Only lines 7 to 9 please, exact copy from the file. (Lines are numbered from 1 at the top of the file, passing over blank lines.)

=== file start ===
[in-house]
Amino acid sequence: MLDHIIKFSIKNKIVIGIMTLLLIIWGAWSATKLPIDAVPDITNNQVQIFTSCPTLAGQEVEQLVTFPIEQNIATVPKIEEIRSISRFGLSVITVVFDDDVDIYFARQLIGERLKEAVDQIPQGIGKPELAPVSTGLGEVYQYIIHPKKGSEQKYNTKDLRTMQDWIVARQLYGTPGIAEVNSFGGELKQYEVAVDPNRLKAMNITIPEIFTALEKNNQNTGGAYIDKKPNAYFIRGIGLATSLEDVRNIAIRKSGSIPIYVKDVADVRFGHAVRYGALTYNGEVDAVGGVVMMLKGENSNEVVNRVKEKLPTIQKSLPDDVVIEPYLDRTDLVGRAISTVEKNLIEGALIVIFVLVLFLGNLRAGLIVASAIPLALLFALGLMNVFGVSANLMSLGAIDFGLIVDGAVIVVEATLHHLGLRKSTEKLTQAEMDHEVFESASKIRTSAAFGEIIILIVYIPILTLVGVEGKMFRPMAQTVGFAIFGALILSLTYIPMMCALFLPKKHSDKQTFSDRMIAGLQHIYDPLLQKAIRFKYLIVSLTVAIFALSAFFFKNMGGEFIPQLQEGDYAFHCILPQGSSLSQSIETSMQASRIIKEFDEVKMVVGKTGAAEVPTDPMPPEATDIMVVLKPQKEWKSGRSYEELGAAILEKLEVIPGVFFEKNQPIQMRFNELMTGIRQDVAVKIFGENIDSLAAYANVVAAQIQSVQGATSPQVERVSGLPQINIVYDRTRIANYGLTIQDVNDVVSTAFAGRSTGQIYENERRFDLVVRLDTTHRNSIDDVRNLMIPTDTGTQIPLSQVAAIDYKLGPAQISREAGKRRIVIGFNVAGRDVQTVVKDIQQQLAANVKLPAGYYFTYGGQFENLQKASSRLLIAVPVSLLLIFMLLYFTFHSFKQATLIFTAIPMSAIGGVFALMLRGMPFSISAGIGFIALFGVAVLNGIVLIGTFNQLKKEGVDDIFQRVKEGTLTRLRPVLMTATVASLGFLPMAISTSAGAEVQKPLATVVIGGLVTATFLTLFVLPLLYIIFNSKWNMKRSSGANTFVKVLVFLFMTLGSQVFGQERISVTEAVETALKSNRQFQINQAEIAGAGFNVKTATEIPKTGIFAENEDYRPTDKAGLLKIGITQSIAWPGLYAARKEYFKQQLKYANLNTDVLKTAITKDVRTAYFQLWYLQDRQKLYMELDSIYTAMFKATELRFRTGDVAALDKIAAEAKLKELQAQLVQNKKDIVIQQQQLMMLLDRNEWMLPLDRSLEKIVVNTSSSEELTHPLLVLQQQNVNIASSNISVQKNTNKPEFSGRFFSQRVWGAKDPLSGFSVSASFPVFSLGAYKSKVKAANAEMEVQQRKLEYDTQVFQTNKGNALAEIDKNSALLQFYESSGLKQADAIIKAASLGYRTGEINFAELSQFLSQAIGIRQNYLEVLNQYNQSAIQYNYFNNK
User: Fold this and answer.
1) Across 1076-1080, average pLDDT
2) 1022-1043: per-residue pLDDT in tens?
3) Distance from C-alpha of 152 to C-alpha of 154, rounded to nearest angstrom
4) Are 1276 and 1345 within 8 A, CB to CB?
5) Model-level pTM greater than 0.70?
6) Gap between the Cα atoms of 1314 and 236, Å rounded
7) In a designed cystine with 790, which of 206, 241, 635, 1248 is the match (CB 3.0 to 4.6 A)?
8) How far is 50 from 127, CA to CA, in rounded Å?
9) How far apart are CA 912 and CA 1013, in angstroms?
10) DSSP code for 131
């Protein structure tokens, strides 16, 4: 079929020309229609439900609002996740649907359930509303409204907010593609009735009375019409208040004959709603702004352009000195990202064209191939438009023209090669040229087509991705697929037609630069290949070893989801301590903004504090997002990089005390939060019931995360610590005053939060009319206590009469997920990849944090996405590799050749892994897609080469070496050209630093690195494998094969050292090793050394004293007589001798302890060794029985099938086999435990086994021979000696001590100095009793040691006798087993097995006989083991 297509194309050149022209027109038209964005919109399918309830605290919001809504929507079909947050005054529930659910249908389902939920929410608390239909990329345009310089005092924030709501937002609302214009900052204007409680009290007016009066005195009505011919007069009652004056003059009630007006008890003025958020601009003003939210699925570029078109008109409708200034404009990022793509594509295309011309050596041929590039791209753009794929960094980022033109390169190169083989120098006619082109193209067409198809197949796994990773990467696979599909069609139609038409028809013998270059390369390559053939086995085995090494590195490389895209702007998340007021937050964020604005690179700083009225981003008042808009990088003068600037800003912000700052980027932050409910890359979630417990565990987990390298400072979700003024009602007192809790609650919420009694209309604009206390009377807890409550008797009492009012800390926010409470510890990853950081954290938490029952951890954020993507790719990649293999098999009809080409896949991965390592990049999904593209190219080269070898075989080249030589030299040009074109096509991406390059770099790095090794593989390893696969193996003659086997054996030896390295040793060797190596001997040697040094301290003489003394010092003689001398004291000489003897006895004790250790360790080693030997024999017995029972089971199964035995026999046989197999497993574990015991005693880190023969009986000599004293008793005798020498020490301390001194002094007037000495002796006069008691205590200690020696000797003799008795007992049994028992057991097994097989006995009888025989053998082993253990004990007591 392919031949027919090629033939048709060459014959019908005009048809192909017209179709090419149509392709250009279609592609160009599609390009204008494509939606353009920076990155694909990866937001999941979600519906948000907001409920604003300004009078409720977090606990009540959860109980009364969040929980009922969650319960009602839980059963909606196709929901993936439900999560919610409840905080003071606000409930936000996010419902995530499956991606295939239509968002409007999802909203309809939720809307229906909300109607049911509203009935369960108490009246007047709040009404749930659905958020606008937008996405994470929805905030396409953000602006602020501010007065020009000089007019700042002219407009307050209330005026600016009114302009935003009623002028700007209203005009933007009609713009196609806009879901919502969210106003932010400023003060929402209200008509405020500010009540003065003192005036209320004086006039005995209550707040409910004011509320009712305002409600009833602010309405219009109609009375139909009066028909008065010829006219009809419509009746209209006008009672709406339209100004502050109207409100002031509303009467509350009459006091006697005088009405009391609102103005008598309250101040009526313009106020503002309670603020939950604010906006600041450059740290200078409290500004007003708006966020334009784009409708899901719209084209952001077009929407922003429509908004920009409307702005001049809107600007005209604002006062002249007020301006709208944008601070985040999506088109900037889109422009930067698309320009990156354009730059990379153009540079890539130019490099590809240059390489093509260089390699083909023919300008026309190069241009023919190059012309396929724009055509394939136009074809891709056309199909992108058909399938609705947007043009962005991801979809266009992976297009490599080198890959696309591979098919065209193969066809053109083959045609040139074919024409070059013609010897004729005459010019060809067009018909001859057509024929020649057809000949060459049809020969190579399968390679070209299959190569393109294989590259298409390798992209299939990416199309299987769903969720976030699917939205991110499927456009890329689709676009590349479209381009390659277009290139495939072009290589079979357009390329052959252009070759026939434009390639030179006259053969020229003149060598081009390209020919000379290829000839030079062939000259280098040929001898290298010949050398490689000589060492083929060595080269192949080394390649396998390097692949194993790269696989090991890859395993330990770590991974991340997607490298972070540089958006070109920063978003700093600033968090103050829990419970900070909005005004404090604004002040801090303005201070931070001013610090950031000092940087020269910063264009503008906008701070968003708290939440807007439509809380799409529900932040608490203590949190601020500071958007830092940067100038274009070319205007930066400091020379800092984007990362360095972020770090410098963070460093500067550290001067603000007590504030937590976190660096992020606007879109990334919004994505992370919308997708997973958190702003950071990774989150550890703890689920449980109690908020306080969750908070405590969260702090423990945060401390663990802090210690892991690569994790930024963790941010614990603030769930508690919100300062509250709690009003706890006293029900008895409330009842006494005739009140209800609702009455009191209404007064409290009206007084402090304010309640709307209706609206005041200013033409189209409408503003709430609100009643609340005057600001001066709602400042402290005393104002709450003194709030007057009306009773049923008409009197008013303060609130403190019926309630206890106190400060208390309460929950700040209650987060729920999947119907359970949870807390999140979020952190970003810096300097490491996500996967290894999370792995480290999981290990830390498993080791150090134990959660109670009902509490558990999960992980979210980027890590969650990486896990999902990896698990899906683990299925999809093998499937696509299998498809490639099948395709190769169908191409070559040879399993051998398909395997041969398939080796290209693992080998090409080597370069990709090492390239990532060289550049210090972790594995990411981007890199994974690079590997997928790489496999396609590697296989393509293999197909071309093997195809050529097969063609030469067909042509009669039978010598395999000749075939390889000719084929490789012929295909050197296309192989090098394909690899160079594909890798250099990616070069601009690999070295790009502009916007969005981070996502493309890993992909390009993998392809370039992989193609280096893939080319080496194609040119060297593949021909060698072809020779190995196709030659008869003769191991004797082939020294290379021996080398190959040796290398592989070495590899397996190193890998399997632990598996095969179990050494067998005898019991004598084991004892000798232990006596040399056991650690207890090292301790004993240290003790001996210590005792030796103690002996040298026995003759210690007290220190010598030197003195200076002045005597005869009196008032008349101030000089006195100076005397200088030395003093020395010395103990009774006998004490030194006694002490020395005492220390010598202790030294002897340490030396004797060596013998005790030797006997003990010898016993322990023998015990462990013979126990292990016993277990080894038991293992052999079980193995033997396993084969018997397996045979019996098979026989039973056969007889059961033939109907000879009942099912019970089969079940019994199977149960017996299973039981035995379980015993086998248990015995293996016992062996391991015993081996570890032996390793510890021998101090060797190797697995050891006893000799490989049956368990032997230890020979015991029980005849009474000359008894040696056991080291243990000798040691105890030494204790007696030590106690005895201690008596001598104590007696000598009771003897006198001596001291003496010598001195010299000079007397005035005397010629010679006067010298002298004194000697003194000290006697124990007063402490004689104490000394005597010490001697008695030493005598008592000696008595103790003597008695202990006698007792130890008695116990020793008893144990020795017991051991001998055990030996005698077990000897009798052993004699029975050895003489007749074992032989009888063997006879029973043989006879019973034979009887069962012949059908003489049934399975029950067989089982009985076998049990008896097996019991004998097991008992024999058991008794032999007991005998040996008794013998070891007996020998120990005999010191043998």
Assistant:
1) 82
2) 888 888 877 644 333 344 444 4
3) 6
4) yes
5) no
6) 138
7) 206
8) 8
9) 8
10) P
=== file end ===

4) Are 1276 and 1345 within 8 A, CB to CB?
5) Model-level pTM greater than 0.70?
6) Gap between the Cα atoms of 1314 and 236, Å rounded